Can Sister Elsie Support Bigger Homes?

Posted by on Jul 17th, 2014 and filed under News. You can follow any responses to this entry through the RSS 2.0. You can skip to the end and leave a response. Pinging is currently not allowed.

By Michael J. ARVIZU

The drive up Sister Elsie Drive in Tujunga is, at best, a complicated series of twists and turns, the result of the narrow and steep hillside the road traverses.

Signs on the drive instruct drivers to yield for uphill traffic. Indeed, cars traveling in opposing directions only have inches to spare on this narrow road that, in less than a quarter mile, gains about 175 feet of elevation, according to City of Los Angeles engineering maps.

The road itself suffers from years of erosion, and is pockmarked with potholes.

Homes on Sister Elsie Drive afford unhindered views of the Crescenta Valley and the surrounding chaparral-covered mountains below. Birds chirp in the distance, and the occasional squirrel flitters by.

According to the Hundred Peaks Section hiking blog, the name of the street alludes to a Catholic nun named Sister Else (later Elsie) who died while nursing the victims of a smallpox epidemic. Nearby Mount Lukens was named after her for a time. But this story is unsubstantiated.

Today, the area is zoned for single-family housing. Most sit snug on the steep hillside, and there is not much room for additional structures or modification of existing homes.

For the last several months, residents in this neighborhood on the outskirts of Tujunga, about a mile from the La Crescenta border, have been concerned about a new development being proposed in the 6300 block of W. Sister Elsie Drive.

Residents say that, while they have no issue with development of the hillside, papers filed with the city of Los Angeles North Valley Area Planning Commission reveal that the people behind the proposed development have filed zoning variances in order to overturn statutes set forth by the Baseline Hillside Ordinance, or BHO, and Los Angeles Municipal Code, in order to build much bigger structures than what the steep hillside can support.

These variances, residents say, will compromise the stability of the hillside, cause a traffic nightmare on the narrow street, and set a precedent for developers to skirt the rules and go against statutes set by the city of Los Angeles.

“We don’t think this is advancing the objectives of the hillside ordinance,” said Dean Sherer, Sunland-Tujunga Neighborhood Council Land Use Committee chairperson. “Why would [the city of Los Angeles] undermine or subvert their own legislation that they passed? Is it because they feel these applicants should [be allowed to build] larger [structures] than what the law permits? Because they’re nice guys?”

The BHO was passed by the city’s Department of City Planning in 2011, and establishes guidelines and restrictions for construction on the city’s hillsides.

According to papers filed with the city’s zoning administrator, a variance has been proposed by the developers to build a 2,400 square-foot single-family dwelling and attached two-car garage. The new project can only support a residential floor area of 1,147 square feet, or about 18% of the lot size, according to the city of Los Angeles comprehensive zoning plan. The average size of homes in the immediate neighborhood is 1,429 square feet, according to the Sunland-Tujunga Alliance, Inc., a group of residential stakeholders.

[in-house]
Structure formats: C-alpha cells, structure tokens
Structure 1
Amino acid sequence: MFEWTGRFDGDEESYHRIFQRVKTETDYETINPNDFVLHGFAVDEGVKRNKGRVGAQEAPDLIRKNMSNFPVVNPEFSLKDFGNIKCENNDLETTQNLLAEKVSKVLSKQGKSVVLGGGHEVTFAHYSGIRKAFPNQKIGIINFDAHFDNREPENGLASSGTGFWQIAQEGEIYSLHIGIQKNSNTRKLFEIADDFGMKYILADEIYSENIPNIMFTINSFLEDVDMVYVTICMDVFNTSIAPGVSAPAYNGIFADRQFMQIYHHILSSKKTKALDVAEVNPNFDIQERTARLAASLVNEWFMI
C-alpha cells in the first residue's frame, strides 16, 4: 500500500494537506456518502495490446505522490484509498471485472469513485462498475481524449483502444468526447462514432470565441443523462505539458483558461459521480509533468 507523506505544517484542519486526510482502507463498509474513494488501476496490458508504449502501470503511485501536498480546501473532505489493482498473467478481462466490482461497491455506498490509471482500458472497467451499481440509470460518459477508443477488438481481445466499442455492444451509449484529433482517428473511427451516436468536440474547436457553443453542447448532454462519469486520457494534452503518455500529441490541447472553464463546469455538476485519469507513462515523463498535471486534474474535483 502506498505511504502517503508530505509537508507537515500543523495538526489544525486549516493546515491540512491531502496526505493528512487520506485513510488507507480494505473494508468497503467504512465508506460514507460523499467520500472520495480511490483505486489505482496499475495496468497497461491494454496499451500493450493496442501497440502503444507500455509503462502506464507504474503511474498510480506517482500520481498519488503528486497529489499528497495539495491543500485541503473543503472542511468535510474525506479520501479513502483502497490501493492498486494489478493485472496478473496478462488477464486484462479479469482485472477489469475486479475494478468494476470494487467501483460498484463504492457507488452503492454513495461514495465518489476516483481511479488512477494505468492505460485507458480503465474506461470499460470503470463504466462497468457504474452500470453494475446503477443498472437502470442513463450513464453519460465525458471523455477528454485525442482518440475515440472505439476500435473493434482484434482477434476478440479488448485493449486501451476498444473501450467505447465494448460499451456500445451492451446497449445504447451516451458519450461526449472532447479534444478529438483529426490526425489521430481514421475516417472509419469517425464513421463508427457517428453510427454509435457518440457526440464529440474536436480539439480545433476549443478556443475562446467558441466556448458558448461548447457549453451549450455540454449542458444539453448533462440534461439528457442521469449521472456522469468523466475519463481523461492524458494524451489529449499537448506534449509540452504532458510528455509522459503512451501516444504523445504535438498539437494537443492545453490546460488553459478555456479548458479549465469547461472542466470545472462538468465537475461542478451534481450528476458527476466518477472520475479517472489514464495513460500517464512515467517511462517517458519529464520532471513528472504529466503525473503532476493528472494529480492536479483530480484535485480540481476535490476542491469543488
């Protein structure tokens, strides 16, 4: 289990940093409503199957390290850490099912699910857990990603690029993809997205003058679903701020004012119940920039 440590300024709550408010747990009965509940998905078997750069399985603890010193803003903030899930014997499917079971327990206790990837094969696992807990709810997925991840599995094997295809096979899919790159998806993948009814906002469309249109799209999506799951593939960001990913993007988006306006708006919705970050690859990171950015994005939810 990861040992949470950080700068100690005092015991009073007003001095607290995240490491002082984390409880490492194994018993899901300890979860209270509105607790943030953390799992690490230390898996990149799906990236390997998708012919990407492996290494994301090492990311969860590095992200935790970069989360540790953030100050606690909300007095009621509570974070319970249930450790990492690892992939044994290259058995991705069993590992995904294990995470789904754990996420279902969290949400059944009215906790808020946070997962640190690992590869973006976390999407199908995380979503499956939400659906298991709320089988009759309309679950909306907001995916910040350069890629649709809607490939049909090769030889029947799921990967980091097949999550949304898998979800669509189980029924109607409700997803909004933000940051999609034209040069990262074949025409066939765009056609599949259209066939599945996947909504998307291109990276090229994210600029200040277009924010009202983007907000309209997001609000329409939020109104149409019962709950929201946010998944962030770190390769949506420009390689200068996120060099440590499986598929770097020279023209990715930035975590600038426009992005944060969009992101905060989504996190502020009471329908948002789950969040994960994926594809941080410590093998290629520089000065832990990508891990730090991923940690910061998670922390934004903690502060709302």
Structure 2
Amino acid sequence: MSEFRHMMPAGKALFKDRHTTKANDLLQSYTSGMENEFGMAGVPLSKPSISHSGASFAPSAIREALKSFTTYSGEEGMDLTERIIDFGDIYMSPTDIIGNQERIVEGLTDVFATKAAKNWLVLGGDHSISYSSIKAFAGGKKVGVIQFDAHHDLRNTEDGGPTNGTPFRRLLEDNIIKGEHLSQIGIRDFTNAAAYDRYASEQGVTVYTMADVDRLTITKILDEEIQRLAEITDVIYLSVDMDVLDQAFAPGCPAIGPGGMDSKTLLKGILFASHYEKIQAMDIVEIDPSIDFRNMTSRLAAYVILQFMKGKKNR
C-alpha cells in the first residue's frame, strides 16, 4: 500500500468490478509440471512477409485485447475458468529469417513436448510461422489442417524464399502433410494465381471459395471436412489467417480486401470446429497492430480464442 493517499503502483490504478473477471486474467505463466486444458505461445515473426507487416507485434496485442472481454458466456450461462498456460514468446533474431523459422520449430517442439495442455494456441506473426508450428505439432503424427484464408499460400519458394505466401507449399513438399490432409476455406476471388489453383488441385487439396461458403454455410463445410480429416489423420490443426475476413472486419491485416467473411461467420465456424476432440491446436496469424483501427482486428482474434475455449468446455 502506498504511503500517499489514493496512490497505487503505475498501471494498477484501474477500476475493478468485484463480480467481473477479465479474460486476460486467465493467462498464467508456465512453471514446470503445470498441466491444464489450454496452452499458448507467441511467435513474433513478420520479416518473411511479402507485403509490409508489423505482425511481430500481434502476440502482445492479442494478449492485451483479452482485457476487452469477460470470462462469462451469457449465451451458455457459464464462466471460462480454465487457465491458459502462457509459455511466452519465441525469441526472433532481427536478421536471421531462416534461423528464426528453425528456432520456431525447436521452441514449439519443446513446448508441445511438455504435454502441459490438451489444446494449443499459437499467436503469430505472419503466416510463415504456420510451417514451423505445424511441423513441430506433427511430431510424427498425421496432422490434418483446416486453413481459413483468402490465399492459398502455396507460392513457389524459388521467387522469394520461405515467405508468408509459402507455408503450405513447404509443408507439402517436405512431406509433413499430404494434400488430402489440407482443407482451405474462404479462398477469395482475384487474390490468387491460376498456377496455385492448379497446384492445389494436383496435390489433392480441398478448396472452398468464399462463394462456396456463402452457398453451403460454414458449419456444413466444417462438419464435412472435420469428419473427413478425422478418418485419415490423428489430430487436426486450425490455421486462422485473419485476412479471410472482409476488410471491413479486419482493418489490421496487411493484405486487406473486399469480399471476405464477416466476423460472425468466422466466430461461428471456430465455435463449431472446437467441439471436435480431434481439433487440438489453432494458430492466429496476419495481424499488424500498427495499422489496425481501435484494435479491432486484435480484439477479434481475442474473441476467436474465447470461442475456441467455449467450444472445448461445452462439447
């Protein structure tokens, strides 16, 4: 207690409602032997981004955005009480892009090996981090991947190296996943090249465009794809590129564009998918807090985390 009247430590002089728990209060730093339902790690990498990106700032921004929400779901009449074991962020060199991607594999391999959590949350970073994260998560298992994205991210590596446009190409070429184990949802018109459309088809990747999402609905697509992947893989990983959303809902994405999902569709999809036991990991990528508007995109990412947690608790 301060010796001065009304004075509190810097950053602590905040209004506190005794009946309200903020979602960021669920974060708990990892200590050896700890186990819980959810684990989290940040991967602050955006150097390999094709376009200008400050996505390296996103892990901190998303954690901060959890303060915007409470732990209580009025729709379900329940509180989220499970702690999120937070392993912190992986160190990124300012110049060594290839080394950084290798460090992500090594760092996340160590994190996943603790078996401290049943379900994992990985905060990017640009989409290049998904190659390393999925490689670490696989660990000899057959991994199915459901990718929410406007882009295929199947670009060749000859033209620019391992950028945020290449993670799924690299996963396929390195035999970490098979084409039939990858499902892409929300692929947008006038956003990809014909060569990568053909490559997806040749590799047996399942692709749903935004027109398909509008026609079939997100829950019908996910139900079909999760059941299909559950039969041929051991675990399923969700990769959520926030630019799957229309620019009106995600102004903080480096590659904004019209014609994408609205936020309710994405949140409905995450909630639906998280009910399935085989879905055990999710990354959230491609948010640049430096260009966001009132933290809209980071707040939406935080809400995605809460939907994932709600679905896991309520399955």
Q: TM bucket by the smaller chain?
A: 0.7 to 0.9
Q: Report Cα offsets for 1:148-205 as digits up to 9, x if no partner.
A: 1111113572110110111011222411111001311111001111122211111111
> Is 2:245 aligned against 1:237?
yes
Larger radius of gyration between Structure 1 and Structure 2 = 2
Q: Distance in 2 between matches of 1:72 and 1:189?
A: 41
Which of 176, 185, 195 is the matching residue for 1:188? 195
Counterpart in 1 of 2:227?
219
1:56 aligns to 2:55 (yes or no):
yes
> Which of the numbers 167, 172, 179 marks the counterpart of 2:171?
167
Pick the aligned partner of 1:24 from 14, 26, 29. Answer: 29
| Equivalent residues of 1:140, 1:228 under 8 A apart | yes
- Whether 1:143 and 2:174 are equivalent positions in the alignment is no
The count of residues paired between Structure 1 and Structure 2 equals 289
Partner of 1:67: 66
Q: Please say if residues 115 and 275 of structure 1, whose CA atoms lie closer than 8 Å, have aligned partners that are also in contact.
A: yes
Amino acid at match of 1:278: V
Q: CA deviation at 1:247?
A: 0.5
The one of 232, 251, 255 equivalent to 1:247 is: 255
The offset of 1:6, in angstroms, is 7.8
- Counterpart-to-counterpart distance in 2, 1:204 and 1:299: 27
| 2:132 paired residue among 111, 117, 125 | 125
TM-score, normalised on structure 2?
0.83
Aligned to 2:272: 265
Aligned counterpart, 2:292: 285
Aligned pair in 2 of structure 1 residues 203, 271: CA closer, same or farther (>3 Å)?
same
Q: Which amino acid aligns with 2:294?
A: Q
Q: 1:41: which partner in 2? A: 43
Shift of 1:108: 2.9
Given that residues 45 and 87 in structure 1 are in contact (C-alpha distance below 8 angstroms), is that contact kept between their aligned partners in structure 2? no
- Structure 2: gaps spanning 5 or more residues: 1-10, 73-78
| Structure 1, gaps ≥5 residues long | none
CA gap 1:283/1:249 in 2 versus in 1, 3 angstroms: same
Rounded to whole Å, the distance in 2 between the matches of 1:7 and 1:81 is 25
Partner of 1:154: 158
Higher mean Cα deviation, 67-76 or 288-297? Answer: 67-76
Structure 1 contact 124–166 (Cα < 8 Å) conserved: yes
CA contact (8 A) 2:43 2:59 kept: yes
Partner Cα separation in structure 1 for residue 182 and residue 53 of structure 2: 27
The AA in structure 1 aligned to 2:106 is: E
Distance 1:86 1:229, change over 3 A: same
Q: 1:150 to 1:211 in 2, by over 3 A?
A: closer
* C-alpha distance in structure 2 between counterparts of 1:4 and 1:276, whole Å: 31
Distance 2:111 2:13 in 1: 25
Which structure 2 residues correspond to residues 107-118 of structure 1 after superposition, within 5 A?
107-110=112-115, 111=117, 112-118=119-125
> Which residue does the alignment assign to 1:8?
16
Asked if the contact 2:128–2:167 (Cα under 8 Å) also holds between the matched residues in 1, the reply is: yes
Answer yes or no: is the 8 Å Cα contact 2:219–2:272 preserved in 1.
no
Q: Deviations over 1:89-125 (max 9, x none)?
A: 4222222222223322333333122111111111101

“We just want the hillside ordinances to be followed,” said Sister Elsie Drive resident Kathy Henderson.

An additional four variances have been filed by the developer; these include building on an adjacent roadway that is 16 feet and narrows to 9 feet (municipal code calls for the adjacent roadway to be at least 20 feet); reducing the front yard setback to 0 feet (municipal code calls for setback to be at least five feet); building to a height of 36 feet (municipal code calls for a height of no more than 30 feet) and filing a notice of intent to adopt a Mitigated Negative Declaration, which states  that a project will not have a significant effect on the environment and does not require the preparation of an environmental impact report.

“This doesn’t conform with the existing development regulations of that area,” said Sherer. “The basis of our appeal is that the applicant in this case wants to build a bigger home than the law allows.”

The developer is Ali Akbar Mahdi, a professor at California State University, Northridge, and College of the Canyons. Efforts to reach Mahdi for comment were unsuccessful Thursday. But residents who have spoken to him say he intends to build a home where he can retire.

Residents are scheduled to make their final appeal of the zoning administrator’s decision to approve the variances during a meeting of the North Valley Area Planning Commission at 4:30 p.m. today, Thursday, at the Marvin Braude Constituent Service Center, at 6262 Van Nuys Blvd. in Van Nuys.

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